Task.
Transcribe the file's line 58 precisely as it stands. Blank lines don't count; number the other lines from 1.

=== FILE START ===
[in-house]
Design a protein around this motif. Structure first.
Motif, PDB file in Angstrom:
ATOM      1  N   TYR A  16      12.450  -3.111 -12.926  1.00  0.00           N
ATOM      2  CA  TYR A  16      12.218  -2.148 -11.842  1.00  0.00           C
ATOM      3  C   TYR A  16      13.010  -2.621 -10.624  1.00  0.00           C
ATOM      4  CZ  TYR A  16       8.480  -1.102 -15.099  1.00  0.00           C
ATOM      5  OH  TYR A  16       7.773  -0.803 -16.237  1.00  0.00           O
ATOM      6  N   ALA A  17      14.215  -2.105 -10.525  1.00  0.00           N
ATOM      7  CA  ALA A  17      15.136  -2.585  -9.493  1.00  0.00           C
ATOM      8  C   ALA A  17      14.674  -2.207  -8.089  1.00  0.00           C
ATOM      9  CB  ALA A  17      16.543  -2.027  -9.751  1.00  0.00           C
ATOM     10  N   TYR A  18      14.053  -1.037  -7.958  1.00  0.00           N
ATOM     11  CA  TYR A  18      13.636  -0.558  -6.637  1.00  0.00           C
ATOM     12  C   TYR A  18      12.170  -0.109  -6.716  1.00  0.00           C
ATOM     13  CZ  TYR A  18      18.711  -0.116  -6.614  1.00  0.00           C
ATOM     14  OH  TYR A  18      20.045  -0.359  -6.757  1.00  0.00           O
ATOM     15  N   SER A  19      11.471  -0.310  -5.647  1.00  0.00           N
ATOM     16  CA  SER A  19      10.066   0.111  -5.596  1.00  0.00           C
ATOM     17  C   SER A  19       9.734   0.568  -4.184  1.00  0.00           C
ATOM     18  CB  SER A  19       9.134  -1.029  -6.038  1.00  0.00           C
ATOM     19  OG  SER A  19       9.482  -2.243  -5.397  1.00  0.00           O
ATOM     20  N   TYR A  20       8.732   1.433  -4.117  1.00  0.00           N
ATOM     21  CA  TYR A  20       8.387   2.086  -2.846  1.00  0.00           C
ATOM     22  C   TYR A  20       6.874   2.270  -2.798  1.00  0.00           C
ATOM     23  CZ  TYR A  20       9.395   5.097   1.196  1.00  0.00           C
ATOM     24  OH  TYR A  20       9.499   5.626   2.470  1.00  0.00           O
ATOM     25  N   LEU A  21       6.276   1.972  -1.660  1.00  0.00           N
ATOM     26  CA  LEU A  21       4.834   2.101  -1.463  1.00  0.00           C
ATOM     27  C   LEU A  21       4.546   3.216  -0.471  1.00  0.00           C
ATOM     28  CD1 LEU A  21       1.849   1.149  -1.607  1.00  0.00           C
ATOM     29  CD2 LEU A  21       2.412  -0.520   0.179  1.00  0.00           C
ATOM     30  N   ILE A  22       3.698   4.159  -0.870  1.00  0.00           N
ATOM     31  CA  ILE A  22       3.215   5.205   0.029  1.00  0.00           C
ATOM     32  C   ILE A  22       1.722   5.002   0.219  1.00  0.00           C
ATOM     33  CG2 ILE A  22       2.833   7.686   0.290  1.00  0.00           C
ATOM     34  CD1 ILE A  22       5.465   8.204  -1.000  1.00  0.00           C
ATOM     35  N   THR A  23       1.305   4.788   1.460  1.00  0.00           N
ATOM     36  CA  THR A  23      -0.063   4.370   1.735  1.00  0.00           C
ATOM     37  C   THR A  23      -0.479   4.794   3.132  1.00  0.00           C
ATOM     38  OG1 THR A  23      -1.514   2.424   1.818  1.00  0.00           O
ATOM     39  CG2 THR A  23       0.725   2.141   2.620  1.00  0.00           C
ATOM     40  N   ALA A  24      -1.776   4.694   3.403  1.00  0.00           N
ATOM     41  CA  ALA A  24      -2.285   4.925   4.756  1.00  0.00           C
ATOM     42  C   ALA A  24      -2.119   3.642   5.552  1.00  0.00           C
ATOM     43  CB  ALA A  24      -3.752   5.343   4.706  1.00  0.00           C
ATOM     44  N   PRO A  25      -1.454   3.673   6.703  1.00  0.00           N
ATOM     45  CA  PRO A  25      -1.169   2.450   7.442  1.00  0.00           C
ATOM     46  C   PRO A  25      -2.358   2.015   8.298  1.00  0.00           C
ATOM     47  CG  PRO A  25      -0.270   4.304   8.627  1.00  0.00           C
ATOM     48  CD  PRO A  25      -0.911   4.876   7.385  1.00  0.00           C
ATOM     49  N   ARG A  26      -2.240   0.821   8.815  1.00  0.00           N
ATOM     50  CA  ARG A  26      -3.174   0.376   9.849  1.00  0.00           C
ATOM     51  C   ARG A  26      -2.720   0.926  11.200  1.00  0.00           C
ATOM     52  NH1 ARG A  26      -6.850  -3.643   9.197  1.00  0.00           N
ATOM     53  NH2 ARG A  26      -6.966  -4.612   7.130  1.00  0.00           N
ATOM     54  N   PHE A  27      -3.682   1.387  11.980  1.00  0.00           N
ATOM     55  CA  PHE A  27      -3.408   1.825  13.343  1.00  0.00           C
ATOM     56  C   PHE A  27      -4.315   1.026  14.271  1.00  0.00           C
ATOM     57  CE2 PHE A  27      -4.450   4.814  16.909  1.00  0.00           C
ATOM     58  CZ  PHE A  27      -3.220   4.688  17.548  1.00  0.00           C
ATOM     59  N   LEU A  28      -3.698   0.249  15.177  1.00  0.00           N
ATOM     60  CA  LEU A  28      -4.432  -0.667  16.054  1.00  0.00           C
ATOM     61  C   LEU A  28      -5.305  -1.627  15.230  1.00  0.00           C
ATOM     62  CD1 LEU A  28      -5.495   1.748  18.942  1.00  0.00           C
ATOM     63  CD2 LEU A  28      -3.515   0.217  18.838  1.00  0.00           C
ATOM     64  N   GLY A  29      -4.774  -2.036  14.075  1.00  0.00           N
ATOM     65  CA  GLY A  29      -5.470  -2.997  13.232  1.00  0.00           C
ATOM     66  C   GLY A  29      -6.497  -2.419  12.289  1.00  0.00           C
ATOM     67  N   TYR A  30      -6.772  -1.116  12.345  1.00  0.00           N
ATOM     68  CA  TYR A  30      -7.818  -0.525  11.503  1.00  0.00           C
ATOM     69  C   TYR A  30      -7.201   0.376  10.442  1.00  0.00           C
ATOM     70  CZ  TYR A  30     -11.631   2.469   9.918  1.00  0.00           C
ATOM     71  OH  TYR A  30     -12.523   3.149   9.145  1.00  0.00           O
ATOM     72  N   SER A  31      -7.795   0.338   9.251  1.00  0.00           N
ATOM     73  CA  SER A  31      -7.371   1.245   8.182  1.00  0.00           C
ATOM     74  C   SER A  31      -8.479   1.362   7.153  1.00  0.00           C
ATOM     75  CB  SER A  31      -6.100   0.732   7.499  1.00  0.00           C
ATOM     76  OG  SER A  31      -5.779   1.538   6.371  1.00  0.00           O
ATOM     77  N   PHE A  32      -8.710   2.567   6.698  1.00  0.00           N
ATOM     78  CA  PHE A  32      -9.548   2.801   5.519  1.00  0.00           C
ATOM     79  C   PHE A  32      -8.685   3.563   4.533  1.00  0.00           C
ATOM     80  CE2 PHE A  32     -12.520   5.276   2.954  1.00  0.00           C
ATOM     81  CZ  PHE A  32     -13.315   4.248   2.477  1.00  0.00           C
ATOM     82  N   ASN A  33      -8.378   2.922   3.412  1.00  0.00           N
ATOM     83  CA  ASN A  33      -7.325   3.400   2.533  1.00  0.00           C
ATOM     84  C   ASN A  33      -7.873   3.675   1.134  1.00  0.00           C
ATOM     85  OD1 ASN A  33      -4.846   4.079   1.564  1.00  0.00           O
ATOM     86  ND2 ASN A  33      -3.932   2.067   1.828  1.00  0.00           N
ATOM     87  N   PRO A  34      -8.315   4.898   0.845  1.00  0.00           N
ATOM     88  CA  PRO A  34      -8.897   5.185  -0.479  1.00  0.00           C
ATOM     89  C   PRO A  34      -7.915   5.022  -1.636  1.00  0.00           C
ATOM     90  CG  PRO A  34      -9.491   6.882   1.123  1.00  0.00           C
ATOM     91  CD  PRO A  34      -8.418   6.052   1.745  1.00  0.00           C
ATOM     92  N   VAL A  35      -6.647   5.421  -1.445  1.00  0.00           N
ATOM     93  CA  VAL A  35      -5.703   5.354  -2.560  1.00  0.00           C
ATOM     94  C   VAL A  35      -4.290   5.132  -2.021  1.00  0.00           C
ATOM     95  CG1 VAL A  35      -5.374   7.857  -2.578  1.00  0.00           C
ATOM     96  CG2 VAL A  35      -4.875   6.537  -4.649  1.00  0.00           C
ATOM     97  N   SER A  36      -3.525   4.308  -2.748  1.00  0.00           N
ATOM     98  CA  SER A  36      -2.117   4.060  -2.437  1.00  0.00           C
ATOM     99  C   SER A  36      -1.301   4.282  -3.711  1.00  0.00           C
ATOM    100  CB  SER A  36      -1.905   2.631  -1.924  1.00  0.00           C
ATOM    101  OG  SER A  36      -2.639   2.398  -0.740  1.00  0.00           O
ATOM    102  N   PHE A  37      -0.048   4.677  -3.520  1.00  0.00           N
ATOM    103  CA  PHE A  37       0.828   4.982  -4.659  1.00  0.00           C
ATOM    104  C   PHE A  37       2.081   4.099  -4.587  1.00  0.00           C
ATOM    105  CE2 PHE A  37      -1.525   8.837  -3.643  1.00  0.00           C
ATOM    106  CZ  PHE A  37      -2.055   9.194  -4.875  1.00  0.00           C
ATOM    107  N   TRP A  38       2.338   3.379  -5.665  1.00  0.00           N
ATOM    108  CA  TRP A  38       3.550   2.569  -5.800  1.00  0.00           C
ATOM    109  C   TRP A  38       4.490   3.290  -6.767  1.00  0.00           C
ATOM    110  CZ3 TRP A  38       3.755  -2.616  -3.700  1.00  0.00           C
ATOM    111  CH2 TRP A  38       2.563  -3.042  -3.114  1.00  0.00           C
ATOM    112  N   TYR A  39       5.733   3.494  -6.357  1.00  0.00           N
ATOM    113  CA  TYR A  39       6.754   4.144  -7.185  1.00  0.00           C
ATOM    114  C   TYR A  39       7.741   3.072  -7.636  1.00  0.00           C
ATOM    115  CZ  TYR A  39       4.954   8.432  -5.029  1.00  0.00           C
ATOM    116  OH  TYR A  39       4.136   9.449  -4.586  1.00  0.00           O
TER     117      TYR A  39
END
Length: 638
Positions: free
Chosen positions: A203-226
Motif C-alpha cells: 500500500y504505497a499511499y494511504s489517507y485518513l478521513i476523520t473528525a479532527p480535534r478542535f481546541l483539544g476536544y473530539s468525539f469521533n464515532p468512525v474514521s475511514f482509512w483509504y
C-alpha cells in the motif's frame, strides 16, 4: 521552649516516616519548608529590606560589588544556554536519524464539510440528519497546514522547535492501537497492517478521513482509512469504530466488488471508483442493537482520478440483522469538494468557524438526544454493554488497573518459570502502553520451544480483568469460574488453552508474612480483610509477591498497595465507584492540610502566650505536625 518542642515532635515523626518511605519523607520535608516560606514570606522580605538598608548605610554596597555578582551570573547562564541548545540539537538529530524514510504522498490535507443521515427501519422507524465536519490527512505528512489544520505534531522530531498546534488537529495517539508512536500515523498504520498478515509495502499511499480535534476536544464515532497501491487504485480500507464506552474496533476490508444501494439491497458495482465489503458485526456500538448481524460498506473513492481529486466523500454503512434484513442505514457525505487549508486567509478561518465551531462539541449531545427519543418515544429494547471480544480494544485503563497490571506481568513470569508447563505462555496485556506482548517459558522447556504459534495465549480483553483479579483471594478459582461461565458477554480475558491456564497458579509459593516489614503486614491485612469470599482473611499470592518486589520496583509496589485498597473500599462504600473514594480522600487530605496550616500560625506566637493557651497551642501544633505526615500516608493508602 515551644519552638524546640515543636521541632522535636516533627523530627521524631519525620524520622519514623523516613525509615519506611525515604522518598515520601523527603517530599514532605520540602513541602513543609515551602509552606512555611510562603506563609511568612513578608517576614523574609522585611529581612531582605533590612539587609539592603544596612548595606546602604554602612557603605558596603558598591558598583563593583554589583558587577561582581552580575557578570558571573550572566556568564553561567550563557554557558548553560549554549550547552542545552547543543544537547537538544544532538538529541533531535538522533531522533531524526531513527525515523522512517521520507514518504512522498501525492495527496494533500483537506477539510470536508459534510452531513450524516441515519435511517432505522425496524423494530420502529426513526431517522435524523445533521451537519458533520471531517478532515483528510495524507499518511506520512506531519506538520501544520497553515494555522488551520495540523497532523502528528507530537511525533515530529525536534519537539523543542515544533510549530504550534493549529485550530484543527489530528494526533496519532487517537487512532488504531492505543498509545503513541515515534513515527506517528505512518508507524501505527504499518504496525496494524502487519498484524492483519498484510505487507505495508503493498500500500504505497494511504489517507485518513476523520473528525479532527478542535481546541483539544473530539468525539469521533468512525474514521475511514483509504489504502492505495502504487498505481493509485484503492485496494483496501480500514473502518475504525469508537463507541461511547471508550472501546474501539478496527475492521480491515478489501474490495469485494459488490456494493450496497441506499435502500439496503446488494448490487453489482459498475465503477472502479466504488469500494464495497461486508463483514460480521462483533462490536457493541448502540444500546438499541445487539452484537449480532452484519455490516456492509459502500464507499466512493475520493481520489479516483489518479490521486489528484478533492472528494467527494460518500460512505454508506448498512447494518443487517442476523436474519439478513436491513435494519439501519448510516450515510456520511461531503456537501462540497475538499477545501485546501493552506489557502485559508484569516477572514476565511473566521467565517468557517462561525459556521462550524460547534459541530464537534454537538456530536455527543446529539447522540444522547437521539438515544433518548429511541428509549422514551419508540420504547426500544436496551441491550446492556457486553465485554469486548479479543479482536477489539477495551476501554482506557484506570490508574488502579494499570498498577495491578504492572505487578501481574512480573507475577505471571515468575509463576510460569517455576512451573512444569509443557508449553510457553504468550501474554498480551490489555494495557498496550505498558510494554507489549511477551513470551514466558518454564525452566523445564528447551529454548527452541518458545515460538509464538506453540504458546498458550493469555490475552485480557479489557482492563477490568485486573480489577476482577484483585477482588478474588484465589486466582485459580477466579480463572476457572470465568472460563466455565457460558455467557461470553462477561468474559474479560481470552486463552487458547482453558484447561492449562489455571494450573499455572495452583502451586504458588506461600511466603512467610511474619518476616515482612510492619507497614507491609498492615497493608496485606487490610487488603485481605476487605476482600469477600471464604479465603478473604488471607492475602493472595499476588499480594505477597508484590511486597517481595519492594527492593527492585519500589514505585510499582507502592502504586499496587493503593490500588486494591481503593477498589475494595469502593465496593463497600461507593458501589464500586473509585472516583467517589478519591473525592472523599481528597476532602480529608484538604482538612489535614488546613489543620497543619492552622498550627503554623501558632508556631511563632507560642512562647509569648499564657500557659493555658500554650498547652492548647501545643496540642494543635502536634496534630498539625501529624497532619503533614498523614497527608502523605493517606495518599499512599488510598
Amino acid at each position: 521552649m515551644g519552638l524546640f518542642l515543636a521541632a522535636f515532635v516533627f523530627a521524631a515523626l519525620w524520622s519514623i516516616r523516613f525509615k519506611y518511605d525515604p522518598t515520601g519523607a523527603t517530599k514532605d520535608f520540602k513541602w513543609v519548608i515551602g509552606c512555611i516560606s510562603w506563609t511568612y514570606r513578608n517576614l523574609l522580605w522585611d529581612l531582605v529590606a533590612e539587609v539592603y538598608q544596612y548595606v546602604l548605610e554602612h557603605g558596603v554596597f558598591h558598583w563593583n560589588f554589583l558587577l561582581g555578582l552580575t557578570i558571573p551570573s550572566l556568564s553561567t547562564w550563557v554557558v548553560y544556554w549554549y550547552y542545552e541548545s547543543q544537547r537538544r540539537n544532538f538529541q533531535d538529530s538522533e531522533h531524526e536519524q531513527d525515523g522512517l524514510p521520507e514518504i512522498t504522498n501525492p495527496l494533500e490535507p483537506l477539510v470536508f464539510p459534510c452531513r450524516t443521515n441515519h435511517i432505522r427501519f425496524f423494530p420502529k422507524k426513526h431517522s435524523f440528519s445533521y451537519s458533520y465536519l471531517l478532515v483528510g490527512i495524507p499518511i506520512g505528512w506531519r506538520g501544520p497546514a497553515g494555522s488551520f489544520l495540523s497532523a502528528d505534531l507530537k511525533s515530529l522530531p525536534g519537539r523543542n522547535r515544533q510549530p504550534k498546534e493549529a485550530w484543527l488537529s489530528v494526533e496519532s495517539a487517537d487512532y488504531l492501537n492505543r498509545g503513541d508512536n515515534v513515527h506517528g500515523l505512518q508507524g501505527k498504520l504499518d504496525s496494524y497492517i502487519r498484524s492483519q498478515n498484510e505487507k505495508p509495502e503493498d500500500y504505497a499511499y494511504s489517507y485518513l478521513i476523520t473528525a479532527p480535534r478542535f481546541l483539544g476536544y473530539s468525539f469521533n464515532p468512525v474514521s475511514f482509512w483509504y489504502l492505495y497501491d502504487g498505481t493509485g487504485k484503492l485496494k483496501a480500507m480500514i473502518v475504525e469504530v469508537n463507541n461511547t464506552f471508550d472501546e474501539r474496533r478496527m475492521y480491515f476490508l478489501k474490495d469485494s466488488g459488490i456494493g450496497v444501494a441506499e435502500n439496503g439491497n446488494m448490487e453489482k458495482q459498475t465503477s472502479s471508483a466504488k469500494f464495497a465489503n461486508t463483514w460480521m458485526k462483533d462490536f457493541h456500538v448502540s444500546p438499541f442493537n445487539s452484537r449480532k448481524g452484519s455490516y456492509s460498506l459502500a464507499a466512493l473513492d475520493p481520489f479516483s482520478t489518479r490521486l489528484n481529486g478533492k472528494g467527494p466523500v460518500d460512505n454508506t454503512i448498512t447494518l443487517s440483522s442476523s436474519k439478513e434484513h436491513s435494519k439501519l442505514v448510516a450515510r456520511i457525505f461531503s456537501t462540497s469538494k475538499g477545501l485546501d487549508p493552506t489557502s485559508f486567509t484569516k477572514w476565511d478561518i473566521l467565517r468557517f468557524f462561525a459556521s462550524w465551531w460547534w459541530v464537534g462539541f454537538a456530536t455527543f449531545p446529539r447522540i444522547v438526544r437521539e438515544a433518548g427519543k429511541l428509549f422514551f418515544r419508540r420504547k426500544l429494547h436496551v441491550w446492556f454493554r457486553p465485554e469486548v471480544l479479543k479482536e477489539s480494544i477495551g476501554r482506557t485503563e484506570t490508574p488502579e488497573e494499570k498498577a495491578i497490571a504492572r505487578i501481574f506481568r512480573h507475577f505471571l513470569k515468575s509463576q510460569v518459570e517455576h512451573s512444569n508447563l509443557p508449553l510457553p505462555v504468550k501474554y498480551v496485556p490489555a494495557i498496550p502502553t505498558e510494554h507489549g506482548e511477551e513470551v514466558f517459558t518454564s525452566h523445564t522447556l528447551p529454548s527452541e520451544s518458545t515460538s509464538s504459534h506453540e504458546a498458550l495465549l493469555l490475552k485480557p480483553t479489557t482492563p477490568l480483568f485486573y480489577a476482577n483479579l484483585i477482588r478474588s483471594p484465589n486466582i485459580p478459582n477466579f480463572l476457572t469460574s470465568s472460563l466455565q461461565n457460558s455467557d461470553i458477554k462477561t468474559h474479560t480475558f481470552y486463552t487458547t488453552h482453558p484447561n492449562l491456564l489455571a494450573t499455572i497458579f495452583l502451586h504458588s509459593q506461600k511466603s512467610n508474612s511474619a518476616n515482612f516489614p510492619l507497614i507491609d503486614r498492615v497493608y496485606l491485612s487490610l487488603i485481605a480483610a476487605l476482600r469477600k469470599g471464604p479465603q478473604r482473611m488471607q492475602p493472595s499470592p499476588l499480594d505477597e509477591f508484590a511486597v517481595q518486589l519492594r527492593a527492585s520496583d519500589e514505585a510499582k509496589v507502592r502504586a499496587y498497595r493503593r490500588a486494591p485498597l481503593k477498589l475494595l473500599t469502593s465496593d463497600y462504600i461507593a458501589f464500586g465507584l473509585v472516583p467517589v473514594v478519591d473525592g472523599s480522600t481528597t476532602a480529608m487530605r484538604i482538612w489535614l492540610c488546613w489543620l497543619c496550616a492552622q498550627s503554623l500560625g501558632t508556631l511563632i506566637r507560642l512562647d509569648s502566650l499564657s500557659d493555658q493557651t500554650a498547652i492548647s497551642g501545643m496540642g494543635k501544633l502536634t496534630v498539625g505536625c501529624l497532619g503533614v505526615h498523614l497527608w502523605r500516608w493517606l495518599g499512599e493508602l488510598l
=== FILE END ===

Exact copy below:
ATOM     55  CA  PHE A  27      -3.408   1.825  13.343  1.00  0.00           C